I wrote about our struggles in a column for the Calgary Herald that went up online on Thursday. It appears in the print edition (Weekend Life section) of Saturday’s paper. You never know what the response to this kind of story will be. Would I come across as a big whiner? Would people be sympathetic to our plight and dig deep to donate thousands of dollars? Or would they tell me to take a reality pill, shelve our extensive (and costly) naturalization and play structure plans, and spend money on soccer balls instead?

Most of the feedback I have received has been supportive. I’ve gotten e-mails from  fellow moms who are on playground committees at other schools (and thus going through the same trials and tribulations) telling me to hang in there. Other readers have been shocked to find out that, 1. New playgrounds are very expensive, and 2. It’s up to parent groups to raise funds to pay for them, as the cost is not government- or school board-funded.

There have also been comments implying that school playgrounds are unnecessary extras. One reader suggested we take out the play structure and buy balls for the kids to chase around. “Way more fun than swinging, climbing, and sliding,” he wrote on the Herald website. “Get them playing pick-up sports.” Another reader wrote: “You want a 270 thousand dollar playground — that’s going to take a lot of effort and a lot of gin. A playground area is nice, it’s not a necessity.”

I like her idea about more gin, but I disagree with her comment that a playground is not a necessity. While organized sports promote teamwork and certainly have their place, a playground is a gathering place where children can engage in creative play that is not directed by adults. As structured activities take over our busy lives, this kind of unstructured play time is crucial to child development but is sorely missing.

Our future play park will have both an interesting play structure, as well as elements such as boulders, logs, trees and stumps  that can be incorporated into imaginative games at recess — and, after school hours, by all the kids in the community. It’s worth noting that naturalized playgrounds like the one we have planned are gaining momentum as educators realize the limitations of lone play structures.

My sincere hope is that we can raise enough money to see our play park become a reality. What do you think? Are we out to lunch or should we keep the dream alive over more G&Ts?

Drink of the Week: Moscow Mule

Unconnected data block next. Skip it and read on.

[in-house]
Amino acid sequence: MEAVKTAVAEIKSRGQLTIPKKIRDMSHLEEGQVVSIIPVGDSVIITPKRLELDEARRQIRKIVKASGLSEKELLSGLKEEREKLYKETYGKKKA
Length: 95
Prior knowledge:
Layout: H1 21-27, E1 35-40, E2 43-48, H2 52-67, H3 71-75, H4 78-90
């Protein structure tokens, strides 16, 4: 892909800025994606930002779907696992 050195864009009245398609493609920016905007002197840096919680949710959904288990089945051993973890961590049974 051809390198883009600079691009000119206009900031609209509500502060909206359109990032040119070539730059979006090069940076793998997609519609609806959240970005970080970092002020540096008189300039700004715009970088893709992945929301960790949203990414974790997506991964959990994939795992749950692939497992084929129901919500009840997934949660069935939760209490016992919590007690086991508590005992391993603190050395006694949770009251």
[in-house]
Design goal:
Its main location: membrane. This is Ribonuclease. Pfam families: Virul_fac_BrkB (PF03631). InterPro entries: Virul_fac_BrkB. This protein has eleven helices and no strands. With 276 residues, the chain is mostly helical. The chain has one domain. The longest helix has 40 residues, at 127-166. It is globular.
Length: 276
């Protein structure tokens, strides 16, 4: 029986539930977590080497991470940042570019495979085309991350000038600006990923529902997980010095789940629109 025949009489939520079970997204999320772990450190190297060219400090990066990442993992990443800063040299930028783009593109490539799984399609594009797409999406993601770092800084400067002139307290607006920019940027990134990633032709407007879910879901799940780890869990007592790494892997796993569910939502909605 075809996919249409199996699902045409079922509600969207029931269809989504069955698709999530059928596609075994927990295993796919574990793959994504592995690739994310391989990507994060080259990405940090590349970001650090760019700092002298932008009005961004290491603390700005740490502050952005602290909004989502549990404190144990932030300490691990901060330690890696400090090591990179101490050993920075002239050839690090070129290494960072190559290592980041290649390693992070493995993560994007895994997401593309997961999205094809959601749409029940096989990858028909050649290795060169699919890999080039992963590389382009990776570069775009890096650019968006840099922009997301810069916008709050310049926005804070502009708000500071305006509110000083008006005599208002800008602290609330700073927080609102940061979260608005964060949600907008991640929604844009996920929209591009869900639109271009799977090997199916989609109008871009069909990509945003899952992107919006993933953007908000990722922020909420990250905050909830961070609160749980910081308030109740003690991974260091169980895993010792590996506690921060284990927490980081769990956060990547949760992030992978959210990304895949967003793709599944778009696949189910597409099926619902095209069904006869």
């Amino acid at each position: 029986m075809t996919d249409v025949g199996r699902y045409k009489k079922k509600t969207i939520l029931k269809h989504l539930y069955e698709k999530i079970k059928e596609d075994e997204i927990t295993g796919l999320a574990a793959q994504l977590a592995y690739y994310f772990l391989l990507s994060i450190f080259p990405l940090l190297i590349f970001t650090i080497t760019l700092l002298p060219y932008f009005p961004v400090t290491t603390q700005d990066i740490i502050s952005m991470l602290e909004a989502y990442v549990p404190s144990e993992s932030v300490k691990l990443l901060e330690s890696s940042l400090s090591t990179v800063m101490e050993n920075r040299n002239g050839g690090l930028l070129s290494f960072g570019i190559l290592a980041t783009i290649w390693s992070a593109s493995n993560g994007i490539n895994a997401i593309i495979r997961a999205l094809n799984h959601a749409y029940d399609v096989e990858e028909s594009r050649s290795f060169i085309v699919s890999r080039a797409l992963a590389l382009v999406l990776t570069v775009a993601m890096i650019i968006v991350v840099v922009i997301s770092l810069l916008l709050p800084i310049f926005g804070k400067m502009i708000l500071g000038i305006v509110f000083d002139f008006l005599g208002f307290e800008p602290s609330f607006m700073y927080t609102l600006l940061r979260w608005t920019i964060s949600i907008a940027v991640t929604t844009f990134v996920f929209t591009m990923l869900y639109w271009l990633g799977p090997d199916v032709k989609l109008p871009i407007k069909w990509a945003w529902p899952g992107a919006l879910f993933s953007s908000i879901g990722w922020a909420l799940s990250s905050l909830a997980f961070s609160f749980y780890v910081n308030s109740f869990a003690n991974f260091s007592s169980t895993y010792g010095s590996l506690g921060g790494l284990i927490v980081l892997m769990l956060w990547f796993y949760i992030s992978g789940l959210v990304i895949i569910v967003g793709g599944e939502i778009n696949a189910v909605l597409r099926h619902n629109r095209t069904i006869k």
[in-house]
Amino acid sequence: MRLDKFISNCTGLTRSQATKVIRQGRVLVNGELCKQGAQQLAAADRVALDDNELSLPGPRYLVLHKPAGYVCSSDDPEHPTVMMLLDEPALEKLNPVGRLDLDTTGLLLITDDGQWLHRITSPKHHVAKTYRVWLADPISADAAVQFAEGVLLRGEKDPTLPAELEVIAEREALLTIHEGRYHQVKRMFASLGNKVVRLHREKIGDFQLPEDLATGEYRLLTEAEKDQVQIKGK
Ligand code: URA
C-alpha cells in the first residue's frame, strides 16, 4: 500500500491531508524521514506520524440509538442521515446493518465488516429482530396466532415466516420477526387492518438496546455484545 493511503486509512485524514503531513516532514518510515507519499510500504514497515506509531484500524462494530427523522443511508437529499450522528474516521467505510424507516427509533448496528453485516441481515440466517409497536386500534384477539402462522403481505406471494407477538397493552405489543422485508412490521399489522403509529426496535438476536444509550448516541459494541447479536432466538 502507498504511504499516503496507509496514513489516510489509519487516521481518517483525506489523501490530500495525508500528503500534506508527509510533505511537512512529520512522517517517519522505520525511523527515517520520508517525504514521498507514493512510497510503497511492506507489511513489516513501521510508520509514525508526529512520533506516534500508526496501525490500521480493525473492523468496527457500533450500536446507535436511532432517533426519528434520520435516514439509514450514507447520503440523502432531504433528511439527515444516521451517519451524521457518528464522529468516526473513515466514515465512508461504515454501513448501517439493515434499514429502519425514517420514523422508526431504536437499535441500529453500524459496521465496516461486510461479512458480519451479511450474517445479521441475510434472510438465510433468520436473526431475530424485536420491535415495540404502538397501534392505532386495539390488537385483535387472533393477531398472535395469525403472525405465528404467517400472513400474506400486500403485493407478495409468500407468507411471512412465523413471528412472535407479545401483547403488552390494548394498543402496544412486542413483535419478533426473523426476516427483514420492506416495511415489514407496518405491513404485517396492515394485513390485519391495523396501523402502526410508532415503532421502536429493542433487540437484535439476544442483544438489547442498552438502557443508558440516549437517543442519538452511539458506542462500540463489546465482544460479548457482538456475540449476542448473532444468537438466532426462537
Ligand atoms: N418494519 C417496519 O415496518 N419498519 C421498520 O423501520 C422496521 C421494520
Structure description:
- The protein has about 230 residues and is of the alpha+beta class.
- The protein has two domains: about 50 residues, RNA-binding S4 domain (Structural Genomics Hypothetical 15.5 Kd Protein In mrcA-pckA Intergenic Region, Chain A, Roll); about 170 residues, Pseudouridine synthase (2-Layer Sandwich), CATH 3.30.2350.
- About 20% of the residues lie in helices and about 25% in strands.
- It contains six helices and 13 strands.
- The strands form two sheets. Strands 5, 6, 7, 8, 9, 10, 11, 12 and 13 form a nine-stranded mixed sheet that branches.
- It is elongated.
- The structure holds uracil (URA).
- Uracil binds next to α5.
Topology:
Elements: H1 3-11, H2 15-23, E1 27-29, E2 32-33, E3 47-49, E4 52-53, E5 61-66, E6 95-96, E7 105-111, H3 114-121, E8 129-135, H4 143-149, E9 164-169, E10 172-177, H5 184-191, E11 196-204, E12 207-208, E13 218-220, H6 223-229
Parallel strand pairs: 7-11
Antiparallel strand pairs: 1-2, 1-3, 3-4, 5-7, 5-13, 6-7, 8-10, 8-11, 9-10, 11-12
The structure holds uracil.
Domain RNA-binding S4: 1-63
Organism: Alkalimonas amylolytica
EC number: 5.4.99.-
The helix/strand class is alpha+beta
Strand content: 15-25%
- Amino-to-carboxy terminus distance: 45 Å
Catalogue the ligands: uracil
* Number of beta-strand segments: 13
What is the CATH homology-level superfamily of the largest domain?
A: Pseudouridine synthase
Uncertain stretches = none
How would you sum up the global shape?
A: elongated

I know that St. Patrick’s Day is this weekend, but I’m not going to insult you by blogging about some kind of green cocktail or — worse — green beer. Instead I will wow you with a Moscow Mule and, if colour is really a consideration for your Sunday night festivities, I suppose a couple drops of Green No. 3 would do the trick.

Last weekend my husband and I and another couple attended Crowbar, a pop-up cocktail lounge. Crowbar is the brainchild of local foodie Wade Sirois, of Forage and Infuse Catering; every couple months he organizes an evening of craft and classic cocktails, plus some appetizers and small plates, in a different location. The pop-up lounge is a spin-off of the pop-up trend that has seen everything from restaurants to ice skating rinks appear overnight in surprising venues in cities around North America and abroad.

Blake and I attended our first Crowbar at the Art Gallery of Calgary last spring. I wrote about it for the Calgary Herald. Photo by Christina Ryan.

Blake and I attended our first Crowbar at the Art Gallery of Calgary last spring. I wrote about it for the Calgary Herald. Photo by Christina Ryan.

This Crowbar took place inside Calgary’s National Music Centre and so, fittingly, featured live jazz by Johnny Summers. We had a great night listening to music and sampling diverse drinks. The men loved Remember the Maine, a barrel-aged cocktail not unlike a Manhattan, made with whiskey, sweet vermouth, cherry mariner and absinthe. The Planter’s Punch was delish; the exotic Pegu Club Cocktail (gin, Cointreau, lime juice, bitters) was too, but if I’m drinking cocktails all night, give me a Moscow Mule. Its mix of vodka, ginger beer and lime is refreshing, balanced and not too boozy. Happy St. Parick’s Day!